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Balancing the Yin and Yang of Autoimmunity and Immunodeficiencies

December 30, 2021
Roshini Sarah Abraham, PhD
Associate Chief of Academic Affairs and Founding Director of the Diagnostic Immunology Laboratory in the Department of Pathology and Laboratory Medicine, Nationwide Children's Hospital, Columbus, OH

As part of this year's Education Program, experts will lead a case-based discussion of the diagnosis, clinical spectrum, and treatment options for patients with primary immunodeficiency diseases (PIDDs). Experts will provide guidance for adult and pediatric hematologists to identify PIDDs, which predispose patients to infection, immune dysregulation/autoimmunity, and malignancy. Here, session chair Roshini Sarah Abraham, PhD, from Nationwide Children's Hospital in Columbus, Ohio, tells us what viewers can expect to learn from this session, which features the perspectives of a diagnostic immunologist and clinical hematologists.

What is meant by the "yin and yang" relationship between autoimmunity and immunodeficiencies?

Patients with genetic disorders of the immune system are classified as having inborn errors of immunity. In the early days of the field, it was thought that a genetic disorder of the immune system, which resulted in the loss of function of a particular immune-related gene, primarily resulted in a predisposition to infections. More recently, researchers have found that inborn errors of immunity also include diseases that predispose individuals to immune dysregulation, resulting in autoimmunity and susceptibility to malignancies. The yin and yang, in the context of inborn errors of immunity, refer to these seemingly opposing entities of infection susceptibility and immune dysregulation.

How has the diagnosis and treatment of autoimmune disorders and immunodeficiencies changed?

Over the past few decades, there has been a surge in complex diagnostic tools in immunology. These tools have improved our ability to diagnose these disorders earlier and intervene appropriately. Providing a molecular diagnosis and confirming an inborn error of immunity as the cause of autoimmune cytopenias or other hematologic manifestations facilitates better communication with our hematology colleagues who routinely care for these patients. The ability to offer a molecular diagnosis also allows for more tailored, precise therapies.

The curative treatment for several inborn errors of immunity used to be hematopoietic cell transplantation, but we now have gene therapy options for some of these defects, and we also are able to repurpose targeted therapies in some cases to deliver personalized medicine.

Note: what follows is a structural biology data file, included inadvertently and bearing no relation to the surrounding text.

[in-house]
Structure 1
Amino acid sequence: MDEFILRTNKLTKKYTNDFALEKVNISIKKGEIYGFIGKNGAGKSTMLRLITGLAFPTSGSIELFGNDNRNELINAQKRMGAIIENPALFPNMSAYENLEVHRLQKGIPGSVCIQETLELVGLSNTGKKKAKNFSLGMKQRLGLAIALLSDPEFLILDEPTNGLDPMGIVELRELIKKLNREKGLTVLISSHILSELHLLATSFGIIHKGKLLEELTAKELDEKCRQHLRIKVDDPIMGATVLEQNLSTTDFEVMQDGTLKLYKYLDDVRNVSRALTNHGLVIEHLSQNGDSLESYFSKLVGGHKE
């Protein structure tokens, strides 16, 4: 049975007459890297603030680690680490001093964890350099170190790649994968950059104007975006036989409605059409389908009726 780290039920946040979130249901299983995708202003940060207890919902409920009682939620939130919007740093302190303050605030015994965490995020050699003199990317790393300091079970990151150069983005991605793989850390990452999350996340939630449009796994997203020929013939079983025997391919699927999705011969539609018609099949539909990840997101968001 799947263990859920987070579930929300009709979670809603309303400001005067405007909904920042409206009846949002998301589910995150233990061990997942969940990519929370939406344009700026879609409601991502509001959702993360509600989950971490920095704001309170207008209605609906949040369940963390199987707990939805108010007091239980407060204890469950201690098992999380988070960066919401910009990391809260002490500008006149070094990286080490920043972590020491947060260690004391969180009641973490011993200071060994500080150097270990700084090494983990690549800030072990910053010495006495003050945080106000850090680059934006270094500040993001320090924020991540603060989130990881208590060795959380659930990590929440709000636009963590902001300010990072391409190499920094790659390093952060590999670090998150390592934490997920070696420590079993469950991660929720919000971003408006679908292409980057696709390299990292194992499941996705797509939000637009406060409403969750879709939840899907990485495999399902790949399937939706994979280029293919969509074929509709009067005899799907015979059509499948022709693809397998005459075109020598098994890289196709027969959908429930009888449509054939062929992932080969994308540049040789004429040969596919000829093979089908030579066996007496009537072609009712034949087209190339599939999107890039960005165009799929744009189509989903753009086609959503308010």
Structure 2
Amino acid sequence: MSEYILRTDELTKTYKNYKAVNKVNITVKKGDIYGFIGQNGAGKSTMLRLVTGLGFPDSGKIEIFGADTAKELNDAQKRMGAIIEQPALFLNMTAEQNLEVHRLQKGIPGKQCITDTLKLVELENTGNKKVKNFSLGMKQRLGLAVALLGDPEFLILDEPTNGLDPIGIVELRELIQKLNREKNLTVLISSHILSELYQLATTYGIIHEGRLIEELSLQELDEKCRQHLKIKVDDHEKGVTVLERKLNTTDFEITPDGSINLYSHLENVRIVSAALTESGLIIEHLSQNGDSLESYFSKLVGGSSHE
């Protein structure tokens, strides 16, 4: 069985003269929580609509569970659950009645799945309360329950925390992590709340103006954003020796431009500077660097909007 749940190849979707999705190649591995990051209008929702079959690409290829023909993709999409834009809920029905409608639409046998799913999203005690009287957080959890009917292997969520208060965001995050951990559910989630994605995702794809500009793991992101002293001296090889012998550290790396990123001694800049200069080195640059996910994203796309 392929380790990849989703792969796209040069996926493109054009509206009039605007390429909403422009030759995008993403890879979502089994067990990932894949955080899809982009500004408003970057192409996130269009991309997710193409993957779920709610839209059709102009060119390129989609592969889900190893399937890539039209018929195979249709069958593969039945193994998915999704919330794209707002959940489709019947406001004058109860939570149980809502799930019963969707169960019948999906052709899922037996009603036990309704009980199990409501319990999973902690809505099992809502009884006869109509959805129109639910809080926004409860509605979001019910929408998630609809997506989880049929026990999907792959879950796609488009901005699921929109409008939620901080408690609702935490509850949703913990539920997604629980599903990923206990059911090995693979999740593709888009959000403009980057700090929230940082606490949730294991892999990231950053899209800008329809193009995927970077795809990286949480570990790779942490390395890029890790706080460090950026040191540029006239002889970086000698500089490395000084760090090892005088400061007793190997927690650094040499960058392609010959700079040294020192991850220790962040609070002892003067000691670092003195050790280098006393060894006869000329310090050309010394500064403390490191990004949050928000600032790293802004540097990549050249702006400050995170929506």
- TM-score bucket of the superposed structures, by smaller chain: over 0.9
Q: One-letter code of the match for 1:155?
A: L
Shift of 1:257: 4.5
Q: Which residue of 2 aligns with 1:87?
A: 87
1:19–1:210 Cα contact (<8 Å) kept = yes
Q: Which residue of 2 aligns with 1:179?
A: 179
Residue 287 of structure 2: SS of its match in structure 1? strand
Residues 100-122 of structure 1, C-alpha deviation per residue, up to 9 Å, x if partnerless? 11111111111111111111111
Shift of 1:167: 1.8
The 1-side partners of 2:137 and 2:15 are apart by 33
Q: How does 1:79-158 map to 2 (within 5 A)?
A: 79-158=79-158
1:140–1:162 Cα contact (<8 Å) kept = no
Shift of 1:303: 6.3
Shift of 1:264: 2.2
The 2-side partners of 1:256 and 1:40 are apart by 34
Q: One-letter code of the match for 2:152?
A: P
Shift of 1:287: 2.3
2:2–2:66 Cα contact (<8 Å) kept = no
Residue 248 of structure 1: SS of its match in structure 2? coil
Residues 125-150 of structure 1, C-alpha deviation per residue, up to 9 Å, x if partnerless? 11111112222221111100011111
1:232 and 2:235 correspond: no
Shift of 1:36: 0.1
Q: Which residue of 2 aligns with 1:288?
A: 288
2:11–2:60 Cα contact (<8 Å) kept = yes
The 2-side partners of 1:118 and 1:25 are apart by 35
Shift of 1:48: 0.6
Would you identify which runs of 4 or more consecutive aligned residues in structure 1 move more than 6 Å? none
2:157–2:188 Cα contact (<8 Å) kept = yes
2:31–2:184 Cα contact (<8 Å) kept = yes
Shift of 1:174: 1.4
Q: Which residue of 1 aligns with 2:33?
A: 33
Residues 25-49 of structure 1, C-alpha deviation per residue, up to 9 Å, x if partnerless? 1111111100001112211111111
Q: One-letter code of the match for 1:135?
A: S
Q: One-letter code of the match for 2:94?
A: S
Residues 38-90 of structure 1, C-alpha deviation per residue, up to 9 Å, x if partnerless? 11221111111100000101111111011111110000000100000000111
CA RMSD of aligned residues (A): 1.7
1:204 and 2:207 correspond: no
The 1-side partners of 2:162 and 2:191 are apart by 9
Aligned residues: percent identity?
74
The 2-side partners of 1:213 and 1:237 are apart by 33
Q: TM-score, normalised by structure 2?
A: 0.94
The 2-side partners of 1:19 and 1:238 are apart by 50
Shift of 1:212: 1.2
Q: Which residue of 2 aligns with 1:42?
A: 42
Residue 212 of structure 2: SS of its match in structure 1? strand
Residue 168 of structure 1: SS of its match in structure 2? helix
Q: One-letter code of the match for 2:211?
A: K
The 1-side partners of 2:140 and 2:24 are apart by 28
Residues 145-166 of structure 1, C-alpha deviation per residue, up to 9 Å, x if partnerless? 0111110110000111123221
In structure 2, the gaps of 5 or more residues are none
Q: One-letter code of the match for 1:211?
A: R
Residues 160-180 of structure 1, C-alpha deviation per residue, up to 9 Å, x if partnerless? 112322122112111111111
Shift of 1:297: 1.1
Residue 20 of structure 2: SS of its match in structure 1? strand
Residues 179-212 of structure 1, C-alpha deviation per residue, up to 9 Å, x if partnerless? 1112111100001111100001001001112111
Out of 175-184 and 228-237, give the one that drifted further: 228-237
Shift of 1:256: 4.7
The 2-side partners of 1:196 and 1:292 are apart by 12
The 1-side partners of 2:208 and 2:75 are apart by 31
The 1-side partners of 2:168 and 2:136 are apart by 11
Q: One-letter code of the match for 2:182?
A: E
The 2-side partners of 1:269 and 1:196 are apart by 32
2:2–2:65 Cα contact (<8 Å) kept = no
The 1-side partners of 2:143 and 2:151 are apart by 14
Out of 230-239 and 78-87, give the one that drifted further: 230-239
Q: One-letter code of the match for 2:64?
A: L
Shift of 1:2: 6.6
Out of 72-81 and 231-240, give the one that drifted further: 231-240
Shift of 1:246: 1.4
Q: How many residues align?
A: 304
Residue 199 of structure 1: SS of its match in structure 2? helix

What will you and the other speakers be discussing in your presentations?

I will focus on the diagnostic immunology laboratory evaluation for PIDDs that are associated with autoimmune cytopenias, including basic and advanced testing for evaluation of specific immune pathways, using a case-based approach.

Markus Seidel, MD, from the Medical University of Graz in Austria, will discuss how a molecular diagnosis can facilitate the development of personalized treatment plans and medical management for patients with autoimmune cytopenias and immune dysregulation, as well as the role of immunophenotypic biomarkers in therapeutic decision-making.
Emma Morris, MB BChir, PhD, MRCP, FRCPath, from University College Hospital in London, will review the role of hematopoietic cell transplantation in the treatment of patients with PIDDs who present with autoimmune cytopenias, and discuss the problems that make transplantation in this setting particularly challenging. She also will talk about the role of gene therapy and gene-editing approaches for the treatment of inborn errors of immunity.

What do you hope attendees learn about autoimmune disorders and immunodeficiency from this session?

Our goal is to increase practicing hematologists' awareness of this group of patients. Hematologists may not recognize that some patients presenting with autoimmune cytopenias may have an underlying PIDD, which can change the diagnostic approach and management. Through case studies, we want to walk through performing the diagnostic workup using clinically available diagnostic tools and discuss access to research tools for more complex patients. Then, again through case studies, we will cover how to couple the molecular diagnosis of inborn errors of immunity with potential targeted or curative therapies.

Yin and Yang of Autoimmunity and Immunodeficiencies in Hematology

Live Q&A: Monday, December 7, 2020
9:00 a.m. – 9:45 a.m., Pacific time

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